When Dry Eyes are Due to More than Allergies

Do you suffer from itchy or inflamed eyes? Your eyes may feel itchy, inflamed, and irritated for several reasons. 

One common cause is allergic conjunctivitis, the medical term for eye inflammation caused by allergies. Allergic conjunctivitis is especially common in people with allergies to pollen, pet dander, and other airborne allergens.

Sometimes, allergic conjunctivitis can make your eyes feel drier than they should. But you may have dry eyes for a different reason. 

Many factors can trigger dry eyes. You may even have allergic conjunctivitis and dry eyes simultaneously for different reasons.

But how do you know what’s causing your eye irritation, and what can you do about it? Keep reading to learn more about the difference between dry eyes and allergy symptoms and how to treat them! 

What Makes Your Eyes Dry?

You may understand what causes allergic conjunctivitis, but what about dry eyes? Your eyes become dry when your eyes aren’t producing tears correctly. 

You can’t produce enough tears due to an imbalance in the components of your tears. Your tears have three layers:

  • The inner layer is mucus
  • The middle layer is water (also called aqueous)
  • The outer layer is oil (also called lipids)

When your tears lack enough of one component, it affects how well they can moisturize your eyes, leaving them feeling dried out and irritated. Temporary environmental conditions may trigger your dry eyes. 

Dry air, improper contact lens use, and dehydration can all affect your tear production and the dispersal of tears across the surface of your eye. Usually, when these environmental factors are corrected, your dry eye symptoms will go away. 

But it may be because you have dry eye syndrome when they don’t. Dry eye syndrome is often most common in older patients and women, especially pregnant women and women going through menopause. Dry eye syndrome is also associated with inflammatory skin conditions like rosacea and blepharitis (eyelid inflammation).

But the only way to know what’s causing your dry eyes and if you have dry eye syndrome is to see your eye doctor. However, there are symptoms you can look out for to get an idea about whether or not you’re experiencing allergic conjunctivitis, dry eyes, or both.

Dry Eye Symptoms

The most common dry eye symptoms include:

  • Burning
  • Stinging
  • Redness
  • Tearing
  • The feeling of grit in the eye
  • Itchiness

Many, if not most, of these symptoms, overlap with symptoms of allergic conjunctivitis. So what can you do to tell them apart? It all has to do with what your primary symptoms are. 

Dry Eyes vs. Allergies

Allergic conjunctivitis and dry eyes have similar symptoms. However, dry eyes tend to burn and sting much more than they itch. 

If you have eye allergies, the primary symptom is usually very itchy eyes. If you have dry eyes, they may feel a little itchy, but more than anything, you’ll usually experience burning.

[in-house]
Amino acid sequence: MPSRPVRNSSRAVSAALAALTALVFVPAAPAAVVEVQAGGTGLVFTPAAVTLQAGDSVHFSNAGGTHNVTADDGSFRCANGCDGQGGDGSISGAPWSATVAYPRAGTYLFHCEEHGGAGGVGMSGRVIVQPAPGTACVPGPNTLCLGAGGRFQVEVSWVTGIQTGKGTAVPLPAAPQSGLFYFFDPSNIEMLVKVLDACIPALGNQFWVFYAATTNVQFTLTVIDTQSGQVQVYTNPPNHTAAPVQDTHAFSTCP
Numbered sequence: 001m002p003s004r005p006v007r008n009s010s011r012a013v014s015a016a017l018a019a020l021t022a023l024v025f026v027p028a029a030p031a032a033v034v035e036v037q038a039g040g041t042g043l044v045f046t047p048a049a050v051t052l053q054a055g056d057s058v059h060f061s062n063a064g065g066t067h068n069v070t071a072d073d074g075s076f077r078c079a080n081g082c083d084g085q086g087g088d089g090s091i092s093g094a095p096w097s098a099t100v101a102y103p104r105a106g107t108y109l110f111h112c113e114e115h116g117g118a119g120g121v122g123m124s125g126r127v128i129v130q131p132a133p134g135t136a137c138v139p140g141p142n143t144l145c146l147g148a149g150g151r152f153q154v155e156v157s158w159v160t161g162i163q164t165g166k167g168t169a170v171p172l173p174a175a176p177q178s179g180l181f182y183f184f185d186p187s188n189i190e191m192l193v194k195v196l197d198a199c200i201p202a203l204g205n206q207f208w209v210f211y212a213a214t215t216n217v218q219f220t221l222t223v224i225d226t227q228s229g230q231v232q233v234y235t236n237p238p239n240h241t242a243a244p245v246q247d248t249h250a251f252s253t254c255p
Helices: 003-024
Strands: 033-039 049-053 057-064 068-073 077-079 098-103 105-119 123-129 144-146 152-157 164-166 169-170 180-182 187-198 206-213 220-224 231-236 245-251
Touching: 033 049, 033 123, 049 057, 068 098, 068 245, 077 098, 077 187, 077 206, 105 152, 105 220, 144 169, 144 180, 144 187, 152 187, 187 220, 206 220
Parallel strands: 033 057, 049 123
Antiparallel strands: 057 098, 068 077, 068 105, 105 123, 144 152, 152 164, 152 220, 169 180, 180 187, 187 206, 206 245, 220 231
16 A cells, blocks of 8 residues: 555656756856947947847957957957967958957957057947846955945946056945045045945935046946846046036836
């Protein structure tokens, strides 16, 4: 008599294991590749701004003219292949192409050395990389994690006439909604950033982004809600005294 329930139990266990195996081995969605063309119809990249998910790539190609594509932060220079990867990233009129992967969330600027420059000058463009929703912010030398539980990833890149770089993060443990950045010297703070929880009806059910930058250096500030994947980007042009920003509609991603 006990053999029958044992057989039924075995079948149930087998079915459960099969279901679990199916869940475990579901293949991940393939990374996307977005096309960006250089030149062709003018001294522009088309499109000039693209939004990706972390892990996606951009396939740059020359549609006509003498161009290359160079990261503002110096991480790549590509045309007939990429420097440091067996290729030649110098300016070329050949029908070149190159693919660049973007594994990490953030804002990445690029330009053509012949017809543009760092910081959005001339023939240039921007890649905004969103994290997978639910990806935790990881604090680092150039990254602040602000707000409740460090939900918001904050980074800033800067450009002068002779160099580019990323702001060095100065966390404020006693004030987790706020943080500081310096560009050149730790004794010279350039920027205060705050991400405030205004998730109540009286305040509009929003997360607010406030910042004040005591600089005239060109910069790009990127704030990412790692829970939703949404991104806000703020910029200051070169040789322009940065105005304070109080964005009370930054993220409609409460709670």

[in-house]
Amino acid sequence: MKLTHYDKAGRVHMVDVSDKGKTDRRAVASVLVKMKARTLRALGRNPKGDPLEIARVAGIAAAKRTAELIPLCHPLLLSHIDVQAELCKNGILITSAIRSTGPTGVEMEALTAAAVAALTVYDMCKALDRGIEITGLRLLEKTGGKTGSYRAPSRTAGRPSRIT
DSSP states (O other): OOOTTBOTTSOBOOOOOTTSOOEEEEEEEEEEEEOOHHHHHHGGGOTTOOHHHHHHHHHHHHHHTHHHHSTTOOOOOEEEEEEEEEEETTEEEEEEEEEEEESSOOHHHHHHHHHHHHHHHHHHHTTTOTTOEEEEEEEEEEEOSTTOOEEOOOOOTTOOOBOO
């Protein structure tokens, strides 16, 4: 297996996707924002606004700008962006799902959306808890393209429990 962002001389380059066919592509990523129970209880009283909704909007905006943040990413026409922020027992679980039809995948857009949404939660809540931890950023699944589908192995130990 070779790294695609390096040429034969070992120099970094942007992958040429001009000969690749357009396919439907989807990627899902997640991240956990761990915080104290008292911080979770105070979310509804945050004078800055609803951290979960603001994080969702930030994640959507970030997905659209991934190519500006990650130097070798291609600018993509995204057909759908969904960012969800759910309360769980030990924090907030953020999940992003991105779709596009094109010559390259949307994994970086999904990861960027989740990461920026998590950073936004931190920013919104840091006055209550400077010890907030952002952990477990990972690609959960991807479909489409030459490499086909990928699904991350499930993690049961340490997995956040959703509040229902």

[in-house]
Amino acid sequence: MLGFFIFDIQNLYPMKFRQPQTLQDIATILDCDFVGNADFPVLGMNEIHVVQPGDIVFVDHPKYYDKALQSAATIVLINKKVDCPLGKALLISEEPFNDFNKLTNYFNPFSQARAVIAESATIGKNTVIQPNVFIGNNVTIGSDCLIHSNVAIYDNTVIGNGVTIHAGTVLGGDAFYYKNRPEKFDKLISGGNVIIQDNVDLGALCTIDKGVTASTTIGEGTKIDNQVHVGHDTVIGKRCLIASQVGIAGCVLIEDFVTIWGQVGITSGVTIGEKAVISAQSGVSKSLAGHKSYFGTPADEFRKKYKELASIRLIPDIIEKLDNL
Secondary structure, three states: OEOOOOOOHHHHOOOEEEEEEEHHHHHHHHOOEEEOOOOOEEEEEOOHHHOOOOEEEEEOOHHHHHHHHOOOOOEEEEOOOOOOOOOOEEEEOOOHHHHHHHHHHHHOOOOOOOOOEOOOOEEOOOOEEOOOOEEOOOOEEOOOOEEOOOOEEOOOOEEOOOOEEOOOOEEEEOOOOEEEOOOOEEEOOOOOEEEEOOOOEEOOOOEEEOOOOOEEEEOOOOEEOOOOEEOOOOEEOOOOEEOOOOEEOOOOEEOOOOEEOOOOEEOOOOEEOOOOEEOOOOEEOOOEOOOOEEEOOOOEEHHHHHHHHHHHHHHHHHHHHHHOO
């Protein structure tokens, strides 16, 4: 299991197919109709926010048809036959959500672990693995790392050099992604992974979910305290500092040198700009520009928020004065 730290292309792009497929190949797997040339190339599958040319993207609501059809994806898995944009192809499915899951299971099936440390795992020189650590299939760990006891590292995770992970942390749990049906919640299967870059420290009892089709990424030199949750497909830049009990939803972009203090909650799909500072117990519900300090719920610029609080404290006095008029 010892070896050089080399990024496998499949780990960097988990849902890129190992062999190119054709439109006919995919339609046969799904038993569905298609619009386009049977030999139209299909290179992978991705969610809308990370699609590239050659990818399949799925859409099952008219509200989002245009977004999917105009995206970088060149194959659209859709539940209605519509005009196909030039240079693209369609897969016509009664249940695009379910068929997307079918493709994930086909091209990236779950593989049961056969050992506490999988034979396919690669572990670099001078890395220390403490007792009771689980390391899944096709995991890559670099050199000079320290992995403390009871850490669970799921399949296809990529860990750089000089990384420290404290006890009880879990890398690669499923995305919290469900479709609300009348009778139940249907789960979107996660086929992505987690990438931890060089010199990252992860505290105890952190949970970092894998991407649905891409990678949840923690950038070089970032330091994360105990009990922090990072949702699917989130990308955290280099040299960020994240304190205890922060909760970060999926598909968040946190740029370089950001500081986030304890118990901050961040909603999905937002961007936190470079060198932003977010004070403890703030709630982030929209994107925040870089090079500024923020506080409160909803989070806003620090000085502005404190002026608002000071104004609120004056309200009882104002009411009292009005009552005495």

Having grit in your eyes is also a common sign of dry eye rather than allergies. Now, it is possible to have both dry eyes and eye allergy symptoms. 

In that case, you may experience very itchy eyes that also burn. The burning and feeling of grittiness only worsen the more you rub your eyes.

Rubbing your eyes will exacerbate both your dry eye and allergy symptoms. If this describes your symptoms, you should first do your best not to rub your eyes at all! 

Then, regardless of which symptoms you have, you should see your ophthalmologist at New England Eye Center as soon as possible for diagnosis and treatment. 

Treating Eye Allergies and Dry Eyes

The best treatments for allergic conjunctivitis are often the most straightforward things available. Over-the-counter antihistamines usually do the trick. 

If you have severe allergies, you may need prescription medication. But if your dry eyes make your allergic conjunctivitis worse, the best treatment is a combination of allergy medication and dry eye treatment. 

When you’re diagnosed with dry eyes, there are several treatments that your eye doctor may recommend.


First, your ophthalmologist will likely recommend treatments you can do at home. These include over-the-counter artificial tears, nutritional supplements to aid in tear production and proper lid hygiene. 

Lid hygiene is beneficial if you have blepharitis; it can lower inflammation by keeping your lids clean and bacteria-free. Your eye doctor may recommend a simple wet compress over your eyes or a lid scrub or wipe. 

While you can do all these treatments independently, it’s best to consult with your eye doctor for a proper diagnosis and ask what they recommend first.

Prescription Medications

Certain prescription eye drops may help aid tear production. At New England Eye Center, we can prescribe Restasis, which lowers inflammation and encourages tear production. We also can prescribe steroid eye drops.

Punctal Occlusion

Your puncta are the tiny tear ducts located right in the corner of your eye closest to your nose. Your tears naturally drain through the puncta. 

By blocking them off through punctal plugs or punctal cautery, your tears are forced to stay on the surface of your eye longer, compensating for poor tear quality. 

In-Office Therapy

At New England Eye Center, we offer a revolutionary dry eye treatment called Optima IPL. This in-office treatment is non-surgical and entirely noninvasive. 

Optima IPL is an excellent treatment for evaporative dry eye, which occurs when your tears lack their outermost protective layer, causing them to evaporate too quickly. Gentle heat and light soften blocked oil glands, encouraging better lipid flow so your tears have more of their protective layer.

Do you need to treat dry eyes and eye allergies? Find out what treatments may work best for you by scheduling an appointment at New England Eye Center in Boston, MA! 

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